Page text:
Crumbs! Earliest evidence of bread-making discovered

Hunter-gatherers living in Jordan were baking bread 14,400 years ago, say scientists.

Remnants of what may be the oldest bread ever baked have been discovered in a middle-eastern desert.

The 14,400-year-old charred crumbs found in Jordan prove that bread making pre-dated the advent of agriculture by at least 4,000 years.

Scientists believe the bread was made by hunter-gatherers using wild versions of einkorn wheat, barley and oats.

Over time, early bread making may have encouraged cereal cultivation and helped sow the seeds of the agricultural revolution.

Excavating the Shubayqa 1 site in north-east Jordan. (Alexis Pantos/PA)

The discovery, reported in the journal Proceedings Of The National Academy Of Sciences, was made at an archaeological site known as Shubayqa 1 in the Black Desert of north-eastern Jordan.

There, scientists uncovered two well preserved buildings, each containing a large circular stone fireplace within which the bread crumbs were found.

The site was occupied by the ancient Natufian people 14,400 years ago, long before the development of farming.

Previously the oldest evidence of bread making had come from a 9,000-year-old Neolithic site at Catalhoyuk in Turkey.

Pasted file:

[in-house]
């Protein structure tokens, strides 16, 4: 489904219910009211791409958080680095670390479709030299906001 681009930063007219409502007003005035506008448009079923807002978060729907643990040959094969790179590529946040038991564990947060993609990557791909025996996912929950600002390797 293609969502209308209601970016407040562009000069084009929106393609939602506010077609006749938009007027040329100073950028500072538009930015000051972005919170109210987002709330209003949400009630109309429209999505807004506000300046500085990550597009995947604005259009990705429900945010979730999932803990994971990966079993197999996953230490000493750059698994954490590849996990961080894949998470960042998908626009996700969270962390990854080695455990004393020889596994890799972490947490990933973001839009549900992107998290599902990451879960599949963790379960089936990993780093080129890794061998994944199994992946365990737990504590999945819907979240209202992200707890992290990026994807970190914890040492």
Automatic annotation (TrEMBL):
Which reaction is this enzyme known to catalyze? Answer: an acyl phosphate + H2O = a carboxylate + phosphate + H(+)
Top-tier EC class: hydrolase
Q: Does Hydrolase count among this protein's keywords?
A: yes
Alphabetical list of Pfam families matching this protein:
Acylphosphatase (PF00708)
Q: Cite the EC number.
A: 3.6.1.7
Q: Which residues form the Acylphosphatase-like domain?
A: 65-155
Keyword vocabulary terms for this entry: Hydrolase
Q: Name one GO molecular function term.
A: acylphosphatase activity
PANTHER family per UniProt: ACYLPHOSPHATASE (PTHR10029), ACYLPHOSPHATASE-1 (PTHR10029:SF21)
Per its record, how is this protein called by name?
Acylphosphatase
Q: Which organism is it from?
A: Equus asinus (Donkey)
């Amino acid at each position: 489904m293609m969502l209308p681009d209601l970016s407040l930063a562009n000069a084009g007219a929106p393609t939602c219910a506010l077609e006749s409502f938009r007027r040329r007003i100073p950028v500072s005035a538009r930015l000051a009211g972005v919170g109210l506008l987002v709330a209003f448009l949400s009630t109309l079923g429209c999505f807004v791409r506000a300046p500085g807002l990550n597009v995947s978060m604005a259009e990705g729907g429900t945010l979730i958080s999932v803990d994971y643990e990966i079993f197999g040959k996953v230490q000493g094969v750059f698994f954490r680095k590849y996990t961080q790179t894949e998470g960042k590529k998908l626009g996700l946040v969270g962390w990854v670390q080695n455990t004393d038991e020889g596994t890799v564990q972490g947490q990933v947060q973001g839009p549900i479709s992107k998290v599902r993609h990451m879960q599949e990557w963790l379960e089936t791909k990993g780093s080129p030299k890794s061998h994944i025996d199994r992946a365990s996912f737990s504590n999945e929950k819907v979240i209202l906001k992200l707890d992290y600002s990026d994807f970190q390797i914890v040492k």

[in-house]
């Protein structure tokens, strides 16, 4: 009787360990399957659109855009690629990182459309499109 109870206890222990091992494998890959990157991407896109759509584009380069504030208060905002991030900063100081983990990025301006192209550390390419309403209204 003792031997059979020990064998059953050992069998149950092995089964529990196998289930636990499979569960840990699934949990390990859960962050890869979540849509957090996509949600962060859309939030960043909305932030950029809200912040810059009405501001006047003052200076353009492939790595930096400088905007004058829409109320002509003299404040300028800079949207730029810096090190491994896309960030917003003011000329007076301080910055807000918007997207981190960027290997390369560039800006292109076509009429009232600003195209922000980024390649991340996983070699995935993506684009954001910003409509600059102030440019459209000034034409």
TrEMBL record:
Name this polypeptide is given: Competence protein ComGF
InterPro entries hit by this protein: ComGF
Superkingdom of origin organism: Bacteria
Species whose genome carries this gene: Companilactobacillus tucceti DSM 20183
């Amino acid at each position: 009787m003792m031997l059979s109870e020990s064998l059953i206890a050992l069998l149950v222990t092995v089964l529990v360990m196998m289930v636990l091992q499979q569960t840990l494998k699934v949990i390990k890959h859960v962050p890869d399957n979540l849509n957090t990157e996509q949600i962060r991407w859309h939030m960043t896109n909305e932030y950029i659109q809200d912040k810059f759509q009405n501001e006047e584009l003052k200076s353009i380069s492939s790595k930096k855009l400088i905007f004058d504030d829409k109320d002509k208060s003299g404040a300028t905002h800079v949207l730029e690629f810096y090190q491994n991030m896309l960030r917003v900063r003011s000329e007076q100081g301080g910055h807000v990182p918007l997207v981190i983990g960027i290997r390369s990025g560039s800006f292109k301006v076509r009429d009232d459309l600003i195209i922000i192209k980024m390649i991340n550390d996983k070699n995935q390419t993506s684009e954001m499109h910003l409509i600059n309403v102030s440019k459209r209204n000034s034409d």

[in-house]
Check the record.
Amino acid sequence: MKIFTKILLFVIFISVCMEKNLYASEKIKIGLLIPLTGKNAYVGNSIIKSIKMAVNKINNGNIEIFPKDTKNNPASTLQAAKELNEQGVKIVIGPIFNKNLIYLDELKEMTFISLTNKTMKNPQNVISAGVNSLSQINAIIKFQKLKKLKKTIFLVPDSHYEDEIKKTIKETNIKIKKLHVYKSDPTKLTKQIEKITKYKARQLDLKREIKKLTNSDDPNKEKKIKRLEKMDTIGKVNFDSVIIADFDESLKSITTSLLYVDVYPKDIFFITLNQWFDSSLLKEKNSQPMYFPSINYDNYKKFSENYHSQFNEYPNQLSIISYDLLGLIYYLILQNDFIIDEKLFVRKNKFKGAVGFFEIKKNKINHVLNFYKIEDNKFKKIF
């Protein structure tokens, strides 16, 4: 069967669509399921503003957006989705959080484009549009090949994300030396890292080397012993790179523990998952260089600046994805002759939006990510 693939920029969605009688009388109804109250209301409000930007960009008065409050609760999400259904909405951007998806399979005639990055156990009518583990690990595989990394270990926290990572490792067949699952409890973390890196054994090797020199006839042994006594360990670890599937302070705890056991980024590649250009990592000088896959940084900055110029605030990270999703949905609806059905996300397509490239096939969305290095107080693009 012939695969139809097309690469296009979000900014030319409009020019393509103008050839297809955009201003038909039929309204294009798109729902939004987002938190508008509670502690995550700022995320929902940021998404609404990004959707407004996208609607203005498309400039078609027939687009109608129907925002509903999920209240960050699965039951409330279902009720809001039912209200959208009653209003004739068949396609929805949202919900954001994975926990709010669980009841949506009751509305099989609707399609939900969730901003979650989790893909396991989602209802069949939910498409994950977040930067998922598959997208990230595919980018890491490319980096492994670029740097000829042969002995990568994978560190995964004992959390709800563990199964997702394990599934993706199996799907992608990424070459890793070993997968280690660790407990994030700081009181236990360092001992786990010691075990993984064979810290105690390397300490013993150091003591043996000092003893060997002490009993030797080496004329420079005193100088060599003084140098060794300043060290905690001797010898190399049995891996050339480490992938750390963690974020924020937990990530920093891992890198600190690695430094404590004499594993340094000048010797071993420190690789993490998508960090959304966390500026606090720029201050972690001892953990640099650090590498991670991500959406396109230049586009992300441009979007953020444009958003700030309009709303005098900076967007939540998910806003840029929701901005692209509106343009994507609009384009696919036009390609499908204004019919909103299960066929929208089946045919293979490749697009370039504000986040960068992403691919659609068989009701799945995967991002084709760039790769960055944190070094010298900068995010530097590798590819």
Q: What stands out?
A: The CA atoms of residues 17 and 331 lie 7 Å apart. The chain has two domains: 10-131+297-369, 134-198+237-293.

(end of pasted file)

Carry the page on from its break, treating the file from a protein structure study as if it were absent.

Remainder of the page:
Professor Dorian Fuller, a member of the international team from University College London, said: “Bread involves labour intensive processing which includes dehusking, grinding of cereals and kneading and baking.

“That it was produced before farming methods suggests it was seen as special, and the desire to make more of this special food probably contributed to the decision to begin to cultivate cereals.”

On average, the 24 crumbs analysed were 5.7mm long by 4.4mm wide and 2.5mm thick. 

Viewing the fragments under an electron microscope, the scientists found tell-tale signs of grinding, sieving and kneading.

One of the fire places where 14,400-year-old bread crumbs were found. (Alexis Pantos/PA)

Preserved remains of tubers and other non-cereal plants were also found at the site, as well as chipped stones, ground stone tools and animal bones. There was evidence that a root, thought to be club-rush tuber, was incorporated into the bread as well as cereal.

Two members of the archaeology team, Dr Amaia Arranz-Otaegui and Ali Shakaiteer, sample cereals near the Shubayqa 1 site. (Joe Roe/PA)

Danish archaeologist Professor Tobias Richter, from the University of Copenhagen, who led the excavation, said: “Natufian hunter-gatherers are of particular interest to us because they lived through a transitional period when people became more sedentary and their diet began to change.

“Flint sickle blades as well as ground stone tools found at Natufian sites in the Levant have long led archaeologists to suspect that people had begun to exploit plants in a different and perhaps more effective way.

“But the flat bread found at Shubayqa 1 is the earliest evidence of bread making recovered so far, and it shows that baking was invented before we had plant cultivation.

“It may be that the early and extremely time consuming production of bread based on wild cereals may have been one of the key driving forces behind the later agricultural revolution, where wild cereals were cultivated to provide more convenient sources of food.”

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